Composed and Conducted by: John Barry
The Man with the Golden Gun is considered a low-point of the James Bond franchise. Smaller in scale, and full of goofy humor, the 007 movies were veering into B-movie territory. It’s still a pretty fun film, with its most redeeming element being Christopher Lee’s performance as the man with the golden gun, hitman Francisco Scaramanga. Despite his tax problems, John Barry was still able to score The Man with the Golden Gun, albeit on an incredibly tight schedule of under a month. This results in a competent score that falls short of his previous efforts.
Not helping is the main title song, which like the movie is not up to par with its predecessors. It’s a fast, bouncy song with some ridiculous lyrics. Lulu sings a different song with the same tune in “End Title”, which instead of being about how dangerous Scaramanga is, declares James Bond’s victory over him. Since he did not have much time to think up a bunch of melodies and motifs, Barry ends up using both the song’s tune and the James Bond theme quite liberally.
The score proper opens with “Scaramanga’s Fun House”, a stealth track that is interrupted by both a jazzy speakeasy-style and honky-tonk style variation of the song theme. Much of this track is rehashed for “Return to Scaramanga’s Fun House”, but ends on a high note with one of the most suspenseful, nail-biting variations of the James Bond theme.
With the film set in Southeast Asia, Barry brings in Asian instruments for several cues, the first being “Chew Me In Grislyland”. The best of these is “Hip’s Trip”, which also has its own little suspense motif. “Kung Fu Fight” is the most stereotypically Asian, starting off with a bunch of gongs. There is a lot of jazz in this score as well. Track four is just a jazz version of the title theme, and “Goodnight, Goodnight” is a good romantic cue full of saxophone.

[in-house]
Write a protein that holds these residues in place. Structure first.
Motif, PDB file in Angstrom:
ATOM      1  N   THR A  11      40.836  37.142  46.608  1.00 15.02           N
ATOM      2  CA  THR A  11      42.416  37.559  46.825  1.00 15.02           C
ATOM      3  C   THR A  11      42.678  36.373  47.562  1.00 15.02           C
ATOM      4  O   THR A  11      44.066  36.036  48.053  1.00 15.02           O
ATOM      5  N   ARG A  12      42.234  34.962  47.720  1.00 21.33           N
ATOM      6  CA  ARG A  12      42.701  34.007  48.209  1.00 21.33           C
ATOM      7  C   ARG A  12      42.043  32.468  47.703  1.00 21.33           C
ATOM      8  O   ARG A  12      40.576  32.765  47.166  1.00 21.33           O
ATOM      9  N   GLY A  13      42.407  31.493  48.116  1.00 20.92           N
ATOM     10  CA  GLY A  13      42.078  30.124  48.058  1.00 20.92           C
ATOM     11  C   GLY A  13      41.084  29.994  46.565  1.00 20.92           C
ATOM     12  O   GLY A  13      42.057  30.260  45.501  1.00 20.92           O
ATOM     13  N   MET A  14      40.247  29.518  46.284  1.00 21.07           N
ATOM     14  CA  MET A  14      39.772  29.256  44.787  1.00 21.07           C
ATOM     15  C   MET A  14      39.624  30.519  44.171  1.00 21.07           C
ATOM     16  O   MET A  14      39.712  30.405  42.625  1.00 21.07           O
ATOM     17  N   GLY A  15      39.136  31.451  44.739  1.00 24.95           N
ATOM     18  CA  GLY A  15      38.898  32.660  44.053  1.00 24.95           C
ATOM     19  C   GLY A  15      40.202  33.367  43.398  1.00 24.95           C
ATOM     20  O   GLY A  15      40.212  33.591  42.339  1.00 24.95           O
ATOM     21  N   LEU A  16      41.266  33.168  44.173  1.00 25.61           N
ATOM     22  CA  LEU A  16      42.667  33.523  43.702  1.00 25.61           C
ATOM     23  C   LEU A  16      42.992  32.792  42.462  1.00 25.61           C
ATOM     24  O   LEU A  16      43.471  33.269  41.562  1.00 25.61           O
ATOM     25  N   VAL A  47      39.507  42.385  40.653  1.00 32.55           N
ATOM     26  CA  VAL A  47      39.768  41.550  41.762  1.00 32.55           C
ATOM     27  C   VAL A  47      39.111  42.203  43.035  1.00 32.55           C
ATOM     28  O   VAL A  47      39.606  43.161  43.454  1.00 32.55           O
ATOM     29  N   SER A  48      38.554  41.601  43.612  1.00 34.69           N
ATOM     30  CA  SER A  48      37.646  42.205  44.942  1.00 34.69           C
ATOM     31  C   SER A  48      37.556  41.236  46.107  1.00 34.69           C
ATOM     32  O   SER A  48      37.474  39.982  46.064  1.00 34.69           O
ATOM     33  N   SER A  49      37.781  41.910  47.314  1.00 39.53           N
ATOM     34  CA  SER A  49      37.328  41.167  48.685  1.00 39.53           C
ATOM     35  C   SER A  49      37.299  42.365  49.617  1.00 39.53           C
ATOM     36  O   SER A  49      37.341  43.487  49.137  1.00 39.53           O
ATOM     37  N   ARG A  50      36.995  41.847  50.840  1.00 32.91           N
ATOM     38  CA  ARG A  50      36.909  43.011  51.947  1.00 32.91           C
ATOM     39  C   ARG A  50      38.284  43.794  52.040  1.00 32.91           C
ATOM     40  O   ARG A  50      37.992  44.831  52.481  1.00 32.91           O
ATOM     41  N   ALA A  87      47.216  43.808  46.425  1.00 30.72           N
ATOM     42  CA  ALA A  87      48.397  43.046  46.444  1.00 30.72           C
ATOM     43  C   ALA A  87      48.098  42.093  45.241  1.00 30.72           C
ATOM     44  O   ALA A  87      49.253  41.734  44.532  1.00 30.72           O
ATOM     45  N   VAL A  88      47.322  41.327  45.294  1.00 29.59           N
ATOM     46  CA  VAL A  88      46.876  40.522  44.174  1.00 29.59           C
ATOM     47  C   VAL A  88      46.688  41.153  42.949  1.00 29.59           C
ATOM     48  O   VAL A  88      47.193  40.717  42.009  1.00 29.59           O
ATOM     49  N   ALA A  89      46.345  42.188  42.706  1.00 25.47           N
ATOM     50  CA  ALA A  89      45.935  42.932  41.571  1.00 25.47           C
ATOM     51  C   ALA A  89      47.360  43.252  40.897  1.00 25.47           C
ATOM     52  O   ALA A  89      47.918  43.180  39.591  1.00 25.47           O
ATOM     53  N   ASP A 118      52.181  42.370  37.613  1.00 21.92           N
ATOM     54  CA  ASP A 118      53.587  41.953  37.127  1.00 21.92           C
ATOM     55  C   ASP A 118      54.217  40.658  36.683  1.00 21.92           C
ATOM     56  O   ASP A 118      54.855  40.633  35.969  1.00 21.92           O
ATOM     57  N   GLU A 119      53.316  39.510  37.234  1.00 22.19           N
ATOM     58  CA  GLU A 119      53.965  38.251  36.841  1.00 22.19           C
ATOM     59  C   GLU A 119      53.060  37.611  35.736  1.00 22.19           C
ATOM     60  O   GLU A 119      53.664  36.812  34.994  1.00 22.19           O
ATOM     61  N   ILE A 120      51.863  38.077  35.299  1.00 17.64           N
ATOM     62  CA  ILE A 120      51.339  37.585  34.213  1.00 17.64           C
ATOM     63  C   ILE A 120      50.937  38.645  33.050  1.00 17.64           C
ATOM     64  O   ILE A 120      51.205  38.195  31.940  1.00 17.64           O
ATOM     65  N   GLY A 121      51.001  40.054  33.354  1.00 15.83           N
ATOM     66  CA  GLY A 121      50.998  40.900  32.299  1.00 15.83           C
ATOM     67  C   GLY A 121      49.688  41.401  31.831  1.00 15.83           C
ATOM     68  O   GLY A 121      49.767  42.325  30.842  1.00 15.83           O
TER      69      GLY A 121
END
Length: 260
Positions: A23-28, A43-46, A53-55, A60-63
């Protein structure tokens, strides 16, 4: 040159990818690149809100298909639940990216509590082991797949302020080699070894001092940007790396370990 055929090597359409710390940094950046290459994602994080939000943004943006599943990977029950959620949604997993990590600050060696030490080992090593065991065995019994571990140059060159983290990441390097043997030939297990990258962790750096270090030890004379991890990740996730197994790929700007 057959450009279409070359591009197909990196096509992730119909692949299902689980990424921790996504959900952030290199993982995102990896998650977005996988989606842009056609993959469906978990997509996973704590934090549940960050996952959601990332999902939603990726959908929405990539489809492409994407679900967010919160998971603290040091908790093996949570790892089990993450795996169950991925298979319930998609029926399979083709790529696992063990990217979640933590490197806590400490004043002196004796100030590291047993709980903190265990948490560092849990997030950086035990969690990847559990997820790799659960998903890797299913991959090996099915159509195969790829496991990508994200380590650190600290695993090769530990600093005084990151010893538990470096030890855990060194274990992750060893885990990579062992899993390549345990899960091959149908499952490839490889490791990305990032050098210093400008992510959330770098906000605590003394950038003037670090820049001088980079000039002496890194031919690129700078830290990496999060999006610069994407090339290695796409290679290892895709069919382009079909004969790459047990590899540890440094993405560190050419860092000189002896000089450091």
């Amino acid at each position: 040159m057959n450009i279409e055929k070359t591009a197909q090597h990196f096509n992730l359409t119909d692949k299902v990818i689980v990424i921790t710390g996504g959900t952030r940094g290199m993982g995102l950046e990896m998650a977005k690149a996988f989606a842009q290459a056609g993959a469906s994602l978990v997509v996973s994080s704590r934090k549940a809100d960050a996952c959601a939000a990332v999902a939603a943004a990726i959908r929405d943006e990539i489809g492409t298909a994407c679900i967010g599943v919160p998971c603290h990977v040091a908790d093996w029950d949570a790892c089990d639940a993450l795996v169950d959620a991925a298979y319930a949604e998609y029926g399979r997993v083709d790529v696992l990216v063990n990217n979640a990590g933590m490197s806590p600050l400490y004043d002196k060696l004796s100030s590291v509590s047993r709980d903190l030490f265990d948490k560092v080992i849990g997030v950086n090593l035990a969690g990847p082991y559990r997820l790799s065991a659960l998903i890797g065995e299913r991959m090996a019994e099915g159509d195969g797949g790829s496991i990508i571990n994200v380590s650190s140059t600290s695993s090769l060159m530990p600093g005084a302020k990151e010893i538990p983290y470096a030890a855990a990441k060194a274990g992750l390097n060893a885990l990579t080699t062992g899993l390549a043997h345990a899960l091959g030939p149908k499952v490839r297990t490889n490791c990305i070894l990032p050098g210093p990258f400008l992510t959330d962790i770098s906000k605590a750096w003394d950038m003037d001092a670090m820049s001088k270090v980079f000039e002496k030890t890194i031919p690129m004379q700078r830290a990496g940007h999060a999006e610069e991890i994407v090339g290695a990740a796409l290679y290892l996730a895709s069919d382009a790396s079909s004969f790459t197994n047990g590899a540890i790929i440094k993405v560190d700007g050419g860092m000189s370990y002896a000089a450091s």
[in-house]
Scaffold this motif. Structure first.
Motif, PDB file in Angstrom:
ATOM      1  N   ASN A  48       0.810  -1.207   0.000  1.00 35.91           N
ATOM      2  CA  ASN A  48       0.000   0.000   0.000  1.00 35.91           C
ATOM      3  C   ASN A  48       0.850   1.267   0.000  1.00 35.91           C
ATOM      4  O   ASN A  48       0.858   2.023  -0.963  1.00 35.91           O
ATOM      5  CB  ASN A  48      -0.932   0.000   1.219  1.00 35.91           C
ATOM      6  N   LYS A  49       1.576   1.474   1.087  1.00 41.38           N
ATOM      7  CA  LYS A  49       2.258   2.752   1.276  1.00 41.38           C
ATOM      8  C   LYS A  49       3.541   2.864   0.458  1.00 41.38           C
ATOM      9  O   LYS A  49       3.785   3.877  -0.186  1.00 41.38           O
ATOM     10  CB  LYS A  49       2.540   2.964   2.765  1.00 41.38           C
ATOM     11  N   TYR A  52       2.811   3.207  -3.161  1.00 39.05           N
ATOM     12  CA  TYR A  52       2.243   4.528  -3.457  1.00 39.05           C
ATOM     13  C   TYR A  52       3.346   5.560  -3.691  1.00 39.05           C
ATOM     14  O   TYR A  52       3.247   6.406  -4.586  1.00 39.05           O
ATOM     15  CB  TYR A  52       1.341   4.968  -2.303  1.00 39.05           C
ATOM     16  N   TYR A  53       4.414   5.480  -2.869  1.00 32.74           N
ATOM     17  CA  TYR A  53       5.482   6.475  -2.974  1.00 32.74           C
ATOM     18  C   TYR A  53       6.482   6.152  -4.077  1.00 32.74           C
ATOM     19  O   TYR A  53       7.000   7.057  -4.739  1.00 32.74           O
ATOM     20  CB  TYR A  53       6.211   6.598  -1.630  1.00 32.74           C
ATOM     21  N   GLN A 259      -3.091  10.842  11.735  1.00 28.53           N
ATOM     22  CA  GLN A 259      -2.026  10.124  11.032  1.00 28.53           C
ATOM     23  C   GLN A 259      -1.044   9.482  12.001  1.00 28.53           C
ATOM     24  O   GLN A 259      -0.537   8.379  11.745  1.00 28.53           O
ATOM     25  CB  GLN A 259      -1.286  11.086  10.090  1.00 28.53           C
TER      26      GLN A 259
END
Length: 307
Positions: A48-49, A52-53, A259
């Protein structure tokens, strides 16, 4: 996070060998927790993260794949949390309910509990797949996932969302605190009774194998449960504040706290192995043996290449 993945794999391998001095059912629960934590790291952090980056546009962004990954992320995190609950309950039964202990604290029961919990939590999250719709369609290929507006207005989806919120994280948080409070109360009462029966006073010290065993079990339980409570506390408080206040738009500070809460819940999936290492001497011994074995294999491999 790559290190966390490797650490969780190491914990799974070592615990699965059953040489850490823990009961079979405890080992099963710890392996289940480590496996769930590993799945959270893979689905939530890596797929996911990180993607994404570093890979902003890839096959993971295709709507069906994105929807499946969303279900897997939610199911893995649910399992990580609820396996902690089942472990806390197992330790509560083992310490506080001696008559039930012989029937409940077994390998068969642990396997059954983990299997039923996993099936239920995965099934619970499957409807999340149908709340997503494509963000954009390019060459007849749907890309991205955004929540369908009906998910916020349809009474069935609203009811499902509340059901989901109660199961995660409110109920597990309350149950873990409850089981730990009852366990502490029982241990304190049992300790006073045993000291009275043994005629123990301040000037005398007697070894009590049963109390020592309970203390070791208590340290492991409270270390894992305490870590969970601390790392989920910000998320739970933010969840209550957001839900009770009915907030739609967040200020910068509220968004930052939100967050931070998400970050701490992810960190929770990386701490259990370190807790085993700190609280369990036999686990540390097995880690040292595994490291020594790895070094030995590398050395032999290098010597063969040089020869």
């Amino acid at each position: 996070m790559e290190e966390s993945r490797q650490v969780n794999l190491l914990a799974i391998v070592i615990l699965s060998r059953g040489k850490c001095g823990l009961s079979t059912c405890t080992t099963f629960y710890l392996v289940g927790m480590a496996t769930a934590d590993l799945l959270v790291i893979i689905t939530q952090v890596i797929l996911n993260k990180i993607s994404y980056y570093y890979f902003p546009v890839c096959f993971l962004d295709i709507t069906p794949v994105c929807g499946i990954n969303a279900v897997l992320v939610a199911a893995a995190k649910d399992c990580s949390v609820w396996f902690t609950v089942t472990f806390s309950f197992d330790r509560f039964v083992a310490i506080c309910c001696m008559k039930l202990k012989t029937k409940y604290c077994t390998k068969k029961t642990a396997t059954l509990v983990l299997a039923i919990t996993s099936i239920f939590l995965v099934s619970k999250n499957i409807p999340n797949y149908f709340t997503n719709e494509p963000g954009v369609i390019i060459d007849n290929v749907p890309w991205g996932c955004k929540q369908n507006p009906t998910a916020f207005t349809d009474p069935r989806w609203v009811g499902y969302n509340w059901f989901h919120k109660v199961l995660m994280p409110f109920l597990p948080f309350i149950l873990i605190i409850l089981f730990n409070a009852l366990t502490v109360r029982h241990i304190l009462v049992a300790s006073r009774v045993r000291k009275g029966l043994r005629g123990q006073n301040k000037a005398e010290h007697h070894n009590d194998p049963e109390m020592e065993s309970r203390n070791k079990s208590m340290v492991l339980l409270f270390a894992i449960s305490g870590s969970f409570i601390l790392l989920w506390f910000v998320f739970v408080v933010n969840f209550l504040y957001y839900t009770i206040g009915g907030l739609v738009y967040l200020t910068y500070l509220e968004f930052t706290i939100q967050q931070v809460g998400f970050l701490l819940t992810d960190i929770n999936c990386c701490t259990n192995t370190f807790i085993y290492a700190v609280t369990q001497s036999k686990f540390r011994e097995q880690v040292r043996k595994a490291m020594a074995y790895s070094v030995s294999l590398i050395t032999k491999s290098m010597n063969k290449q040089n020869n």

“Let’s Go Get ‘Em” is from the car chase scene, and features the most of the James Bond theme. Barry decided to make some changes to the theme to fit the replacement of Sean Connery with Roger Moore. The cool and menacing guitar is replaced by a full orchestra to underscore Moore’s more sophisticated and less gritty take on the character. This track is marred by the inclusion of the goofy sound effect from when Bond’s car spins through the air.
Overall, this is a solid, if underwhelming score. The time constraints can be felt by the heavy use of the James Bond and title song themes, both of which were already there for Barry to use. Otherwise there’s no memorable themes or melodies to speak of. Rumors say that the 2003 re-issue would have included the previously missing music, but this was not allowed due to budget constraints. I’m okay with that, especially since aside from being perhaps Barry’s worst offering for the franchise, the album already runs over forty minutes long.
- The Man with the Golden Gun (sung by Lulu) (2:36)
- Scaramanga’s Fun House (4:40)
- Chew Me in Grisly Land (4:02)
- The Man with the Golden Gun (Jazz Version) (2:33)
- Getting the Bullet (2:46)
- Goodnight, Goodnight (5:25)
- Let’s Go Get ‘Em (3:45)
- Hip’s Trip (3:22)
- Kung Fu Fight (1:58)
- Search for Scaramanga’s Island (2:32)
- Return to Scaramanga’s Fun House (6:30)
- End Title – The Man with the Golden Gun (sung by Lulu) (3:06)